LONDON/SINGAPORE: Iran increased its oil exports in June and July and could raise them further this month by offering a deeper discount to Russian crude for its main buyer China, firms tracking the flows said.
Despite U.S. sanctions Iran has boosted oil exports, largely to China, during President Joe Biden's term, but shipments have recently slowed due to competition with Russian crude.
"Iran has been exporting more since the new U.S. administration - oil, products and petrochemical goods," Sara Vakhshouri of Energy consultant SVB International said.
And while high oil prices have reduced pressure on Tehran to do a nuclear deal, if talks to ressurect one succeed it would allow Iran to boost sales beyond China, to former buyers in South Korea and Europe.
Iran's oil ministry did not reply to a request for comment.
Chinese crude imports could recover in August as the pricing advantage of Russian oil, displaced by falling demand in Europe on concerns about sanctions over Russia's invasion of Ukraine, wanes, Emma Li, analyst at Vortexa Analytics, added.
"Iranian crude was facing strong competition from Russian Urals in July as the non-sanctioned barrels were offered at similar discount levels. However, as the price difference of the two widened, Chinese refiners may turn back to cheaper Iranian barrels in August," Li said.
By importing heavily discounted Russian and Iranian crude, China is boosting the competitiveness of its economy versus the West which is paying much higher prices for alternative crude grades from the Middle East, Africa and the United States.
China's foreign ministry said in response to a Reuters query, that while not aware of the details of oil flows from Iran, Beijing has long opposed Washington's sanctions.
"China maintains normal trade with both Iran and Russia in various areas including oil. These legitimate cooperations deserves respect and safeguarding," a spokesperson said.
Former U.S. President Donald Trump withdrew from Iran's nuclear deal with world powers in 2018 and reimposed sanctions, seeking to exert maximum pressure on its oil exports and income.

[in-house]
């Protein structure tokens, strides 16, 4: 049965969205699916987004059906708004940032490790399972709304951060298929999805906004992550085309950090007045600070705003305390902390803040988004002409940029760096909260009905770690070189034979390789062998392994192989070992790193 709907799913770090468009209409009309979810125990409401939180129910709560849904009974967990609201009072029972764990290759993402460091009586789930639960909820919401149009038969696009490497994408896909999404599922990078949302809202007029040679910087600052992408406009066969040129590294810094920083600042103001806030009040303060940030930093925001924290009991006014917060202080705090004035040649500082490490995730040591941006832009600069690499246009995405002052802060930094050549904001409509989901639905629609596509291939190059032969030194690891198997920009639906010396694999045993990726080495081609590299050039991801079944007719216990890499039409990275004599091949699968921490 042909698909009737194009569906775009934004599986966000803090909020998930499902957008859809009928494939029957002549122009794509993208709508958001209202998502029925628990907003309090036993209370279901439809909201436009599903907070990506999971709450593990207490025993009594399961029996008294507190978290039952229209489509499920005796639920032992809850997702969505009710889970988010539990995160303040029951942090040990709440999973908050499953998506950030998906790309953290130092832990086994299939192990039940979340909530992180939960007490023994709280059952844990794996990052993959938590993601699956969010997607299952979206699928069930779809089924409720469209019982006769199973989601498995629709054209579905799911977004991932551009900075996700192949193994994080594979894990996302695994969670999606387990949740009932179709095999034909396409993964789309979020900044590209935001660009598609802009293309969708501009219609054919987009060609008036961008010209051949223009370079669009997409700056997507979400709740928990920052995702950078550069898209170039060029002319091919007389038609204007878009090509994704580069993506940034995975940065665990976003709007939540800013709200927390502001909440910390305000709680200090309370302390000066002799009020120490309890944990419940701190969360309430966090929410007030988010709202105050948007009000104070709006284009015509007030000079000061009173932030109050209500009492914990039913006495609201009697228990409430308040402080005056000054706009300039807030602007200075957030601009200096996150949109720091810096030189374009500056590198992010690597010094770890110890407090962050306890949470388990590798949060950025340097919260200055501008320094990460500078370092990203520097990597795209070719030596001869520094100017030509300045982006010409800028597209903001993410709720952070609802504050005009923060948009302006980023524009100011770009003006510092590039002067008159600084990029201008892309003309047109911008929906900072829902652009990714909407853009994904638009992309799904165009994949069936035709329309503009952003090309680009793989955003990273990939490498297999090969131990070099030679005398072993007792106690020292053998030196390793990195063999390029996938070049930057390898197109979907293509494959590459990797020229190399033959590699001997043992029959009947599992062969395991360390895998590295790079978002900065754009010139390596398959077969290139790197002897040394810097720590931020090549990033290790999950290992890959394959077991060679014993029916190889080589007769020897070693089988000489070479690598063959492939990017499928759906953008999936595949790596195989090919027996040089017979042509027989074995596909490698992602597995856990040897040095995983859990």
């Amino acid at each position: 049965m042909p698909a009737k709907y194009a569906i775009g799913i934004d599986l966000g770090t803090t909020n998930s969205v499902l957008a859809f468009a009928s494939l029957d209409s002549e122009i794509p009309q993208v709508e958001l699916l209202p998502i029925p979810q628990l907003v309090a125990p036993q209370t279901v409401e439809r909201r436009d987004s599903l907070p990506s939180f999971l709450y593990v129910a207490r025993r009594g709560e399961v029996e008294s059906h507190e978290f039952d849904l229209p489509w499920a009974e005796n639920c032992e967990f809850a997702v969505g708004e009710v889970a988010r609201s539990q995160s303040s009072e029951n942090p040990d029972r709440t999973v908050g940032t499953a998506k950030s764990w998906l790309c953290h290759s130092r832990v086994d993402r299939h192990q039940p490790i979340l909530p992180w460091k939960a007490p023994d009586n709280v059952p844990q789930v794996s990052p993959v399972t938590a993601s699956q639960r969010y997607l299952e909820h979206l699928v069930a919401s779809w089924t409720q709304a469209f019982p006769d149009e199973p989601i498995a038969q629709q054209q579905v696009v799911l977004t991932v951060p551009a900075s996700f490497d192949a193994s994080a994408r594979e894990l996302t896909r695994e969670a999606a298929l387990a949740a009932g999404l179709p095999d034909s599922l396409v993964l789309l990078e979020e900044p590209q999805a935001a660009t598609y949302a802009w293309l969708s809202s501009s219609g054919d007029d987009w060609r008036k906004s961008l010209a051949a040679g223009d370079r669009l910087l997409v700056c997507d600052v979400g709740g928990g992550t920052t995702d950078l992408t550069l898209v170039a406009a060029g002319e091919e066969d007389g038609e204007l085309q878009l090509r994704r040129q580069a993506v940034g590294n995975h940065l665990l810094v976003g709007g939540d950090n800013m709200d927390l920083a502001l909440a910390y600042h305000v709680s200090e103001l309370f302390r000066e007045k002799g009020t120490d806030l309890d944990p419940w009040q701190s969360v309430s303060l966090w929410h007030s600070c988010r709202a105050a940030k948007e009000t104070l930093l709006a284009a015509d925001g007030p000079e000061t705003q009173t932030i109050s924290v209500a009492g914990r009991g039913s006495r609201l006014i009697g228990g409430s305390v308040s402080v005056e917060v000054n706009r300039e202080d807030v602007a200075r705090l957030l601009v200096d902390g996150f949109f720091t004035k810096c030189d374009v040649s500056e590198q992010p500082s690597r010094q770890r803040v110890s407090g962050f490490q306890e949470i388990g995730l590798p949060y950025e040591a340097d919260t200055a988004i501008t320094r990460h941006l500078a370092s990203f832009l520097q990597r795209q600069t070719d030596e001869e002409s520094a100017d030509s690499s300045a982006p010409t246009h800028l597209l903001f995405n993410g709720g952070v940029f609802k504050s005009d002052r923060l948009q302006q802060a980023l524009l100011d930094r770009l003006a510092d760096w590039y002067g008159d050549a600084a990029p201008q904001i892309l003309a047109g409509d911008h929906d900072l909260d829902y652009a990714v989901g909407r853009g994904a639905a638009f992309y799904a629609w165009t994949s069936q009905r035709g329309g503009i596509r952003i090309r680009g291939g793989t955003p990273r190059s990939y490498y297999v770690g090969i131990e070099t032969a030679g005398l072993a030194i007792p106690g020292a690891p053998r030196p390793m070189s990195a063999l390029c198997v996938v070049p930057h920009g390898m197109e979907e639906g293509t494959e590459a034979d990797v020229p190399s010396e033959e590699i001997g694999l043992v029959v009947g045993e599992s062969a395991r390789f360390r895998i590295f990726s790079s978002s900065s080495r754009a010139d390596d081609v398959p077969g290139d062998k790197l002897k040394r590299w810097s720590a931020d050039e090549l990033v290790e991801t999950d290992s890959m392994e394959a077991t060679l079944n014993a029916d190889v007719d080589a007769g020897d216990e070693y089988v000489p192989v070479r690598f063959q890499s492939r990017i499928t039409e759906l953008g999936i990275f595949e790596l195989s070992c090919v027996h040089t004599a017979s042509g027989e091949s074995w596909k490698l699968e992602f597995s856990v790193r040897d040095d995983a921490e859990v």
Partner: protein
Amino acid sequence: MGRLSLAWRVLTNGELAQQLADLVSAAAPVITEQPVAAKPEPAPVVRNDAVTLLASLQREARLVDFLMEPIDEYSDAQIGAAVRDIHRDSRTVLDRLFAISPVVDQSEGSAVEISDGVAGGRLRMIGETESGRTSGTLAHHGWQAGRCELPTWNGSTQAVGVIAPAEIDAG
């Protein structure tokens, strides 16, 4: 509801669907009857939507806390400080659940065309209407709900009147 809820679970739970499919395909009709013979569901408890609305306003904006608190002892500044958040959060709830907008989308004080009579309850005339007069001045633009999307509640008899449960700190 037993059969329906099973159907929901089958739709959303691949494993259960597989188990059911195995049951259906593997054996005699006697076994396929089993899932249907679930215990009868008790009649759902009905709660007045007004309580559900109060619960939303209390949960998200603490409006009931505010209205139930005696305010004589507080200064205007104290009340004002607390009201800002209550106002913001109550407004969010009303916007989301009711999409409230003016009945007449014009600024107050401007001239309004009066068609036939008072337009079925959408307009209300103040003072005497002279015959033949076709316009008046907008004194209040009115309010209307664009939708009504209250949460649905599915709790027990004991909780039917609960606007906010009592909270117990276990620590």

Iranian exports then fell back to as little as 100,000 bpd at times in 2020, tanker trackers said.
Iran generally does not release figures and there is no definitive figure for its oil exports, with estimates often in a wide range. Tanker-tracking companies use various methods, including satellite data, port loading data and human intelligence, to monitor flows.
SVB estimates Iranian crude exports in July rose by 110,000 barrels per day from June to 810,000 bpd. Petro-Logistics, which also tracks the flows, saw a boost in June above 850,000 bpd, although this has since eased.
Vortexa, meanwhile, estimates China's July Iranian imports, all supplied to independent refiners or commercial storage, was about 500,000 bpd, compared to near 700,000 bpd in June.
The estimated Chinese purchases include relatively small volumes of official imports, which totalled about 5.7 million barrels during the first six months of 2022 and went to state reserve, versus none during the corresponding period of 2021.
Iranian crude for August was offered at a discount of $11 a barrel to the Brent benchmark on a delivered China basis, some $8 below Russian crude Urals, traders said. The price difference has widened from $3.5-$4 a barrel in late July.
While SVB saw Iranian exports increase in July, Petro-Logistics tracked a decline to about 700,000 bpd from elevated June levels and said so far August was at a similar rate.
"After a strong first four months of the year, exports in May fell to low levels before surging again in June. Volumes tempered in July, with August around the same level to date," said Petro-Logistics Chief Executive Daniel Gerber.
Kpler, said crude exports in June reached 950,000 bpd, the highest monthly level in three years, before dropping in July.
Oil products exports have also been rising and consultant FGE estimates Iran exported around 790,000 bpd of products in June, and expects shipments to reach close to 1 million bpd by the fourth quarter. More than half was LPG and fuel oil.
(Editing by Alexander Smith)